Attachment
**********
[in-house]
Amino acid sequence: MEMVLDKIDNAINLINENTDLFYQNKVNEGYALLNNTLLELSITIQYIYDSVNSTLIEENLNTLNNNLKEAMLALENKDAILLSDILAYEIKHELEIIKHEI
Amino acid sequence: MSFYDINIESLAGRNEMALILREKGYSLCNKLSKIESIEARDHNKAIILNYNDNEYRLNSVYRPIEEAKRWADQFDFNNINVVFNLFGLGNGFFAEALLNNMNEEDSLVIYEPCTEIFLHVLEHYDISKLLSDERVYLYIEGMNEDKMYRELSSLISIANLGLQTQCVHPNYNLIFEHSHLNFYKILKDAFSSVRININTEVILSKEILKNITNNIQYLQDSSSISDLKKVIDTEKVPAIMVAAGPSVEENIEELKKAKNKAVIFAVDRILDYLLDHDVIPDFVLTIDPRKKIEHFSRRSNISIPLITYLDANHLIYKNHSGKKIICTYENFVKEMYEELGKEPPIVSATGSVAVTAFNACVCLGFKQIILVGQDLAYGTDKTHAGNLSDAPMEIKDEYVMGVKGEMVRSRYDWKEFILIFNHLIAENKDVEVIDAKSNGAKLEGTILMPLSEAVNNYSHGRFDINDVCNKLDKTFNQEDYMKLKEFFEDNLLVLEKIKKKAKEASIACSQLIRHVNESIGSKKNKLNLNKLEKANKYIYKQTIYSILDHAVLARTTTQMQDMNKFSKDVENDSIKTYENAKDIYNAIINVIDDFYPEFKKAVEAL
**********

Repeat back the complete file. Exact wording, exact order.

[in-house]
Amino acid sequence: MEMVLDKIDNAINLINENTDLFYQNKVNEGYALLNNTLLELSITIQYIYDSVNSTLIEENLNTLNNNLKEAMLALENKDAILLSDILAYEIKHELEIIKHEI
Amino acid sequence: MSFYDINIESLAGRNEMALILREKGYSLCNKLSKIESIEARDHNKAIILNYNDNEYRLNSVYRPIEEAKRWADQFDFNNINVVFNLFGLGNGFFAEALLNNMNEEDSLVIYEPCTEIFLHVLEHYDISKLLSDERVYLYIEGMNEDKMYRELSSLISIANLGLQTQCVHPNYNLIFEHSHLNFYKILKDAFSSVRININTEVILSKEILKNITNNIQYLQDSSSISDLKKVIDTEKVPAIMVAAGPSVEENIEELKKAKNKAVIFAVDRILDYLLDHDVIPDFVLTIDPRKKIEHFSRRSNISIPLITYLDANHLIYKNHSGKKIICTYENFVKEMYEELGKEPPIVSATGSVAVTAFNACVCLGFKQIILVGQDLAYGTDKTHAGNLSDAPMEIKDEYVMGVKGEMVRSRYDWKEFILIFNHLIAENKDVEVIDAKSNGAKLEGTILMPLSEAVNNYSHGRFDINDVCNKLDKTFNQEDYMKLKEFFEDNLLVLEKIKKKAKEASIACSQLIRHVNESIGSKKNKLNLNKLEKANKYIYKQTIYSILDHAVLARTTTQMQDMNKFSKDVENDSIKTYENAKDIYNAIINVIDDFYPEFKKAVEAL